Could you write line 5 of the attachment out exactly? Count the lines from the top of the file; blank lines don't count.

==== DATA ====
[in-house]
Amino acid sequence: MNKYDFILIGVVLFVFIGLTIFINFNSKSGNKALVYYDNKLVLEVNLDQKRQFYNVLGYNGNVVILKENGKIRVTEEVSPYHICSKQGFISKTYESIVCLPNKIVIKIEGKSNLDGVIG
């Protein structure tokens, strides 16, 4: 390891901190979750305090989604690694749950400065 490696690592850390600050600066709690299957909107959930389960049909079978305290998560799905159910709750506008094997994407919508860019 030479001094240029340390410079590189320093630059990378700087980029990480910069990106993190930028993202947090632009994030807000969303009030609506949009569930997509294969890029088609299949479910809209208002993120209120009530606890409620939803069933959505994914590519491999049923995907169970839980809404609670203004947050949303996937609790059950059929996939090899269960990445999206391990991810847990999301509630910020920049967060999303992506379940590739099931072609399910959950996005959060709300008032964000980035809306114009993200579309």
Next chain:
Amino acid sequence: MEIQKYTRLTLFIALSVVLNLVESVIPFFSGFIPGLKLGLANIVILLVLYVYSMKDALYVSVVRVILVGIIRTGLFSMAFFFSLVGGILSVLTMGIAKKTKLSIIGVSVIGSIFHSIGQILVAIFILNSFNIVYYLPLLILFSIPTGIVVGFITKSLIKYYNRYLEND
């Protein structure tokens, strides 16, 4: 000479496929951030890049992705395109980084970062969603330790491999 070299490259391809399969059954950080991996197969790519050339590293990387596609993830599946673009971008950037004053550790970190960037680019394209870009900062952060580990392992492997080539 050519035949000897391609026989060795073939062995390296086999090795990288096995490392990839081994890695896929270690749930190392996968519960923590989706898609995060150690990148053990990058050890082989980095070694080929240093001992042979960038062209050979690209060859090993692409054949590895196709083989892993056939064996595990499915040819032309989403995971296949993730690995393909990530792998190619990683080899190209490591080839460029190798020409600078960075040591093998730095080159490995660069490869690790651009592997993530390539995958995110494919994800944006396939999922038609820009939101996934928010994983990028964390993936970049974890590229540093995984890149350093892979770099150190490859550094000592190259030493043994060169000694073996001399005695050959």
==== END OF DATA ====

Amino acid sequence: MEIQKYTRLTLFIALSVVLNLVESVIPFFSGFIPGLKLGLANIVILLVLYVYSMKDALYVSVVRVILVGIIRTGLFSMAFFFSLVGGILSVLTMGIAKKTKLSIIGVSVIGSIFHSIGQILVAIFILNSFNIVYYLPLLILFSIPTGIVVGFITKSLIKYYNRYLEND